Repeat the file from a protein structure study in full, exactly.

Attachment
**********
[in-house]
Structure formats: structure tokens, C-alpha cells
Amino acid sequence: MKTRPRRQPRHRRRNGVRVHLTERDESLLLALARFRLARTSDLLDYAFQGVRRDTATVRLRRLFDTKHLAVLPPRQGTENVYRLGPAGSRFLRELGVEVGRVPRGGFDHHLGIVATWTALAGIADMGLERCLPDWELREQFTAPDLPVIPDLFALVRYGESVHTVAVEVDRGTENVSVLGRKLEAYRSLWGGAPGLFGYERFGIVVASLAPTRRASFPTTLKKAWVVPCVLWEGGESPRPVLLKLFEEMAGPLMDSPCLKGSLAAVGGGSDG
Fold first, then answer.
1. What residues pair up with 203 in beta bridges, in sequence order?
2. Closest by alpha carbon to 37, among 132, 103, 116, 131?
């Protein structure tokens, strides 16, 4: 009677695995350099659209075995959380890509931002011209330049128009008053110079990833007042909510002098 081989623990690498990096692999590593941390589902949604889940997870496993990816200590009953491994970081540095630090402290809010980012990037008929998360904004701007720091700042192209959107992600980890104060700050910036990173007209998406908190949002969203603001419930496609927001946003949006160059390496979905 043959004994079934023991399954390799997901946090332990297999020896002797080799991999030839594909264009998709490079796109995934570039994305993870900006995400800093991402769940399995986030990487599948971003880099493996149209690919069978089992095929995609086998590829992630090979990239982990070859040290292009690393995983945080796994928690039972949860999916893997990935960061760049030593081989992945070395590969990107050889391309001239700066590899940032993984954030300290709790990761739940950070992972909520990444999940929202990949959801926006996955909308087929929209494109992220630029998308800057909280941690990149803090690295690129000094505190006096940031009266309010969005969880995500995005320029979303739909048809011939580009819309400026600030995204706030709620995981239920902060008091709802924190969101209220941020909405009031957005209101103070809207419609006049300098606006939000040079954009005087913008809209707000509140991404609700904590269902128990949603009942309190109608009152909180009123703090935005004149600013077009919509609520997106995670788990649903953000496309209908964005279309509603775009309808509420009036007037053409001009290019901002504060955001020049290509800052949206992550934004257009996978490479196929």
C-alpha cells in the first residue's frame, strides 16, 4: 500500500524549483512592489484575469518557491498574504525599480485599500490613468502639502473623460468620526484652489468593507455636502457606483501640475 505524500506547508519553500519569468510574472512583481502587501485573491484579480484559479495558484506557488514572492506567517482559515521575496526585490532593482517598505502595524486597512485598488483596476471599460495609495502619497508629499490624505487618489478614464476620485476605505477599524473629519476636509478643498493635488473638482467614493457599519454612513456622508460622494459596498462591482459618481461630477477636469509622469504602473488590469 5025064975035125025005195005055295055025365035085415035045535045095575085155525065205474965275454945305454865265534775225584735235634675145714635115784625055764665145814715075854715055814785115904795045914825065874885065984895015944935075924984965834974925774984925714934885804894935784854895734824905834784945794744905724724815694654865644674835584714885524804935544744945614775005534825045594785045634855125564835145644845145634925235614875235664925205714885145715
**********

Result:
[in-house]
Structure formats: structure tokens, C-alpha cells
Amino acid sequence: MKTRPRRQPRHRRRNGVRVHLTERDESLLLALARFRLARTSDLLDYAFQGVRRDTATVRLRRLFDTKHLAVLPPRQGTENVYRLGPAGSRFLRELGVEVGRVPRGGFDHHLGIVATWTALAGIADMGLERCLPDWELREQFTAPDLPVIPDLFALVRYGESVHTVAVEVDRGTENVSVLGRKLEAYRSLWGGAPGLFGYERFGIVVASLAPTRRASFPTTLKKAWVVPCVLWEGGESPRPVLLKLFEEMAGPLMDSPCLKGSLAAVGGGSDG
Fold first, then answer.
1. What residues pair up with 203 in beta bridges, in sequence order?
2. Closest by alpha carbon to 37, among 132, 103, 116, 131?
């Protein structure tokens, strides 16, 4: 009677695995350099659209075995959380890509931002011209330049128009008053110079990833007042909510002098 081989623990690498990096692999590593941390589902949604889940997870496993990816200590009953491994970081540095630090402290809010980012990037008929998360904004701007720091700042192209959107992600980890104060700050910036990173007209998406908190949002969203603001419930496609927001946003949006160059390496979905 043959004994079934023991399954390799997901946090332990297999020896002797080799991999030839594909264009998709490079796109995934570039994305993870900006995400800093991402769940399995986030990487599948971003880099493996149209690919069978089992095929995609086998590829992630090979990239982990070859040290292009690393995983945080796994928690039972949860999916893997990935960061760049030593081989992945070395590969990107050889391309001239700066590899940032993984954030300290709790990761739940950070992972909520990444999940929202990949959801926006996955909308087929929209494109992220630029998308800057909280941690990149803090690295690129000094505190006096940031009266309010969005969880995500995005320029979303739909048809011939580009819309400026600030995204706030709620995981239920902060008091709802924190969101209220941020909405009031957005209101103070809207419609006049300098606006939000040079954009005087913008809209707000509140991404609700904590269902128990949603009942309190109608009152909180009123703090935005004149600013077009919509609520997106995670788990649903953000496309209908964005279309509603775009309808509420009036007037053409001009290019901002504060955001020049290509800052949206992550934004257009996978490479196929």
C-alpha cells in the first residue's frame, strides 16, 4: 500500500524549483512592489484575469518557491498574504525599480485599500490613468502639502473623460468620526484652489468593507455636502457606483501640475 505524500506547508519553500519569468510574472512583481502587501485573491484579480484559479495558484506557488514572492506567517482559515521575496526585490532593482517598505502595524486597512485598488483596476471599460495609495502619497508629499490624505487618489478614464476620485476605505477599524473629519476636509478643498493635488473638482467614493457599519454612513456622508460622494459596498462591482459618481461630477477636469509622469504602473488590469 5025064975035125025005195005055295055025365035085415035045535045095575085155525065205474965275454945305454865265534775225584735235634675145714635115784625055764665145814715075854715055814785115904795045914825065874885065984895015944935075924984965834974925774984925714934885804894935784854895734824905834784945794744905724724815694654865644674835584714885524804935544744945614775005534825045594785045634855125564835145644845145634925235614875235664925205714885145715